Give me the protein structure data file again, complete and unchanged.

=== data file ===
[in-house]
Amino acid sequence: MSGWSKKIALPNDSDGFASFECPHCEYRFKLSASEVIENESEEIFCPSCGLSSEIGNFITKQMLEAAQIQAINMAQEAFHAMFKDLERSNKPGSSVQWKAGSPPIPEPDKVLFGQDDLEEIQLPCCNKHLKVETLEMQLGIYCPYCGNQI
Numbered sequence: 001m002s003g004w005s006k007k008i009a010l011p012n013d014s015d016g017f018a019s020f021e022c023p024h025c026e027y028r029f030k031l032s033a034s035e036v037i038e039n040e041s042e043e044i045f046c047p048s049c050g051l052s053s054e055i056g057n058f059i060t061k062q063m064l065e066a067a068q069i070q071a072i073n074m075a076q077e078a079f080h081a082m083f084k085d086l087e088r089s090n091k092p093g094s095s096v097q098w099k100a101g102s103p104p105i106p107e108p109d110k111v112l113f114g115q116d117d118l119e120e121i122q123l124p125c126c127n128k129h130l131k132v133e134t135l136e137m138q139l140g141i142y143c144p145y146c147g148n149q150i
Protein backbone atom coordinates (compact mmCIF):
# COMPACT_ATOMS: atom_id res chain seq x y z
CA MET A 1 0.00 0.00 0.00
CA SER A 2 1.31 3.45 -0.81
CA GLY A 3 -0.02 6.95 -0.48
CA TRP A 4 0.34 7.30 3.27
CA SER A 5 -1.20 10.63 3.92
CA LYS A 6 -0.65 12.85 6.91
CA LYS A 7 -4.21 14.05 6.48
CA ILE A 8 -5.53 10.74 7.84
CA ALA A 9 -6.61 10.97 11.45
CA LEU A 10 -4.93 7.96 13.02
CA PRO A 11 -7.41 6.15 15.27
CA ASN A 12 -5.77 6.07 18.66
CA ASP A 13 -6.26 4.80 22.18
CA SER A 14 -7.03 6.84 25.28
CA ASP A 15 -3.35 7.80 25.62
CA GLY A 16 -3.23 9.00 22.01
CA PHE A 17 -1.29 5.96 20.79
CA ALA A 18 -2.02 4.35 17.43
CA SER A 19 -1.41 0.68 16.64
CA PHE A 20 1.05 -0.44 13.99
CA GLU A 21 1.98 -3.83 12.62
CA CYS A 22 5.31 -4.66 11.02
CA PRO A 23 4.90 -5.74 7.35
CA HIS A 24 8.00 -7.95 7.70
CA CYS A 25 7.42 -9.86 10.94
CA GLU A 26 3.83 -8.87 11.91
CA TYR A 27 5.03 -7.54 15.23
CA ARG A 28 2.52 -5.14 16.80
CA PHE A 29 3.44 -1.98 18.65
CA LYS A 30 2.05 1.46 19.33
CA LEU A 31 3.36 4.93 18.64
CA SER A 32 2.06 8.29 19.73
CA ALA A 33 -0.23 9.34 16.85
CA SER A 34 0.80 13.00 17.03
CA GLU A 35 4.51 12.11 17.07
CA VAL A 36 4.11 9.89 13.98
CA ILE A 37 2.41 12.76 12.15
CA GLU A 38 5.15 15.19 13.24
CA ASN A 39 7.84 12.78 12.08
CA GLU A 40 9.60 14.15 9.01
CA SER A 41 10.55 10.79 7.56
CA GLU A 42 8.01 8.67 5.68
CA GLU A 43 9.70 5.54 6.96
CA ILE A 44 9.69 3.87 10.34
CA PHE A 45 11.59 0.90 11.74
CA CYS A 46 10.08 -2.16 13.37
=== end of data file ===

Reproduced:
[in-house]
Amino acid sequence: MSGWSKKIALPNDSDGFASFECPHCEYRFKLSASEVIENESEEIFCPSCGLSSEIGNFITKQMLEAAQIQAINMAQEAFHAMFKDLERSNKPGSSVQWKAGSPPIPEPDKVLFGQDDLEEIQLPCCNKHLKVETLEMQLGIYCPYCGNQI
Numbered sequence: 001m002s003g004w005s006k007k008i009a010l011p012n013d014s015d016g017f018a019s020f021e022c023p024h025c026e027y028r029f030k031l032s033a034s035e036v037i038e039n040e041s042e043e044i045f046c047p048s049c050g051l052s053s054e055i056g057n058f059i060t061k062q063m064l065e066a067a068q069i070q071a072i073n074m075a076q077e078a079f080h081a082m083f084k085d086l087e088r089s090n091k092p093g094s095s096v097q098w099k100a101g102s103p104p105i106p107e108p109d110k111v112l113f114g115q116d117d118l119e120e121i122q123l124p125c126c127n128k129h130l131k132v133e134t135l136e137m138q139l140g141i142y143c144p145y146c147g148n149q150i
Protein backbone atom coordinates (compact mmCIF):
# COMPACT_ATOMS: atom_id res chain seq x y z
CA MET A 1 0.00 0.00 0.00
CA SER A 2 1.31 3.45 -0.81
CA GLY A 3 -0.02 6.95 -0.48
CA TRP A 4 0.34 7.30 3.27
CA SER A 5 -1.20 10.63 3.92
CA LYS A 6 -0.65 12.85 6.91
CA LYS A 7 -4.21 14.05 6.48
CA ILE A 8 -5.53 10.74 7.84
CA ALA A 9 -6.61 10.97 11.45
CA LEU A 10 -4.93 7.96 13.02
CA PRO A 11 -7.41 6.15 15.27
CA ASN A 12 -5.77 6.07 18.66
CA ASP A 13 -6.26 4.80 22.18
CA SER A 14 -7.03 6.84 25.28
CA ASP A 15 -3.35 7.80 25.62
CA GLY A 16 -3.23 9.00 22.01
CA PHE A 17 -1.29 5.96 20.79
CA ALA A 18 -2.02 4.35 17.43
CA SER A 19 -1.41 0.68 16.64
CA PHE A 20 1.05 -0.44 13.99
CA GLU A 21 1.98 -3.83 12.62
CA CYS A 22 5.31 -4.66 11.02
CA PRO A 23 4.90 -5.74 7.35
CA HIS A 24 8.00 -7.95 7.70
CA CYS A 25 7.42 -9.86 10.94
CA GLU A 26 3.83 -8.87 11.91
CA TYR A 27 5.03 -7.54 15.23
CA ARG A 28 2.52 -5.14 16.80
CA PHE A 29 3.44 -1.98 18.65
CA LYS A 30 2.05 1.46 19.33
CA LEU A 31 3.36 4.93 18.64
CA SER A 32 2.06 8.29 19.73
CA ALA A 33 -0.23 9.34 16.85
CA SER A 34 0.80 13.00 17.03
CA GLU A 35 4.51 12.11 17.07
CA VAL A 36 4.11 9.89 13.98
CA ILE A 37 2.41 12.76 12.15
CA GLU A 38 5.15 15.19 13.24
CA ASN A 39 7.84 12.78 12.08
CA GLU A 40 9.60 14.15 9.01
CA SER A 41 10.55 10.79 7.56
CA GLU A 42 8.01 8.67 5.68
CA GLU A 43 9.70 5.54 6.96
CA ILE A 44 9.69 3.87 10.34
CA PHE A 45 11.59 0.90 11.74
CA CYS A 46 10.08 -2.16 13.37